Students Choreograph, Perform at Dance Concert


LJ Coady

EMOTION IN MOTION: Junior Marissa Senger and senior Willow Goff (pictured left to right) gave vulnerable and moving performances at the Spring Dance Concert last week.

Colgate University senior Willow Goff and junior Marissa Senger, both students in the Department of Theater’s Contemporary Dance Class, performed at their Spring Dance Concert on April 19, 20 and 21. Under the tutelage of Visiting Assistant Professor of Dance Yildiz Guventurk, Goff and Senger performed four pieces as part of an interdisciplinary class project.

The first and fourth dances were duets. The first duet, “A Mobile Untethered,” was danced to composer Doug Barber and choreographed by guest artist Emily Craver. “A Mobile Untethered” was dynamic and artistic, a strong opening to the show.

The second dance was a solo, choreographed and performed by Goff. Goff danced to Ben Platt’s “Grow As We Go,” which showcased Goff’s emotional mastery. The senior’s dancing was fluid and smooth, and the dynamic performance highlighted her storytelling abilities as a performer.

For the third dance, Senger also performed a solo. The piece, “A Story of Separation,” was choreographed by Senger and set to “I Was Never There” by the Weeknd. In contrast to the gentler tones of the previous two dances, the intensity of Senger’s music was breathtakingly startling, fitting well with her sharp and precise style. Senger’s ballet background was clear in many steps and blended with more abstract and contemporary moves.

Because the solos were both self-choreographed by the student dancers, there was a vulnerability and emotional exposure that enhanced the viewer’s experience. Senger and Goff allowed the audience inside their minds, giving them the opportunity to understand something beyond words.

“I feel our performances displayed our dedication to the class and hopefully had meaning to our audience,” Senger said.

Guventurk choreographed the last duet, “In Between, We Dance,” in collaboration with the dancers. The dance was set to “Who Knows Where the Time Goes,” by Nina Simone, and “CTG” by Branko. The dancers used props and costume pieces to set a casual scene, evoking a sense of familiarity. The dance felt warm and playful at first, before shifting into more vibrant energy. There was something enticing about the palpable emotive power of Goff and Senger, a feeling that was almost tangible.

When asked how she felt about her performance, Goff expressed pride in her performance and was grateful for the assistance she had throughout the process:

“I am so thankful to have had the opportunity to take Contemporary Dance in Performance and learn from Yildiz Guventurk, Emily Craver and Marissa Senger,” Goff said. “I am very proud of our performances and feel as though they reflected our hard work throughout the semester in addition to the dedication and talent of the stage, lighting, and sound crew.”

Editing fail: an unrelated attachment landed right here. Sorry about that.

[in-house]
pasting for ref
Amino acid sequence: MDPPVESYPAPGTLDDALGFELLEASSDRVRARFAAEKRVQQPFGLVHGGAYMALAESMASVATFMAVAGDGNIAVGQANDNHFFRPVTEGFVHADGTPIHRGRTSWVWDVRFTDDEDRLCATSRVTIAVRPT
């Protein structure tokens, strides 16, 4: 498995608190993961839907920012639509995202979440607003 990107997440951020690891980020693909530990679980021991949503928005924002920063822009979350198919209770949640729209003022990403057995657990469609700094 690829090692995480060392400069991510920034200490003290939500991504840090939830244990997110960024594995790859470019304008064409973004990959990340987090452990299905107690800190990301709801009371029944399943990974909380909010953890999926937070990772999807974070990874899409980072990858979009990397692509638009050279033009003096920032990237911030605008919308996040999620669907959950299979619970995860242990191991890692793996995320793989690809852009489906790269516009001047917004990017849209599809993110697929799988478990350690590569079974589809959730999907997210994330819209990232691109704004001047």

Senger echoed the sentiments expressed by Goff, thanking those who were involved in the creation and execution of the performance.

“I am very fortunate to have the opportunity to expand my dance experiences through the course Contemporary Dance in Performance, and I appreciate how it has introduced me to the contemporary choreographic process,” Senger said.

The Spring Dance Concert was a multi-faceted experience; the collection of choreographers created a multitude of emotional sequences, which sophomore Caroline Collins found impactful.

“The Spring Dance Concert really embodied the voices of the different choreographers and dancers through the various techniques and style choices,” Collins said. “So much can be said through dance, and the stories they told in these pieces were truly moving.”

The range of choreographers was also a highlight for senior Gia D’Erasmo.

“The performance was amazing,”  D’Erasmo said. “It was really great to see how different choreographers created different dances with various kinds of music.”

The dancing was not the only visual. Goff and Senger worked in collaboration with students taking the Film & Media Studies Department’s Disability Media course to create digital background elements for the performances. They truly mesmerized the audience, including senior Carla Perdomo, who enjoyed the various types of art presented.

“It was nice to see [Goff] and [Senger] dance,” Perdomo said. “I’m in one of [Yildiz Guventurk’s] classes and it was nice to see a correlation between [Goff and Senger’s] dances and what we’ve been taught in class and how it expresses story through their movement and their emotions, and just see how their own interpretation of dance was seen through those visuals.”

“I will always hold a special sentiment for this event and all dance in my life,” Senger concluded.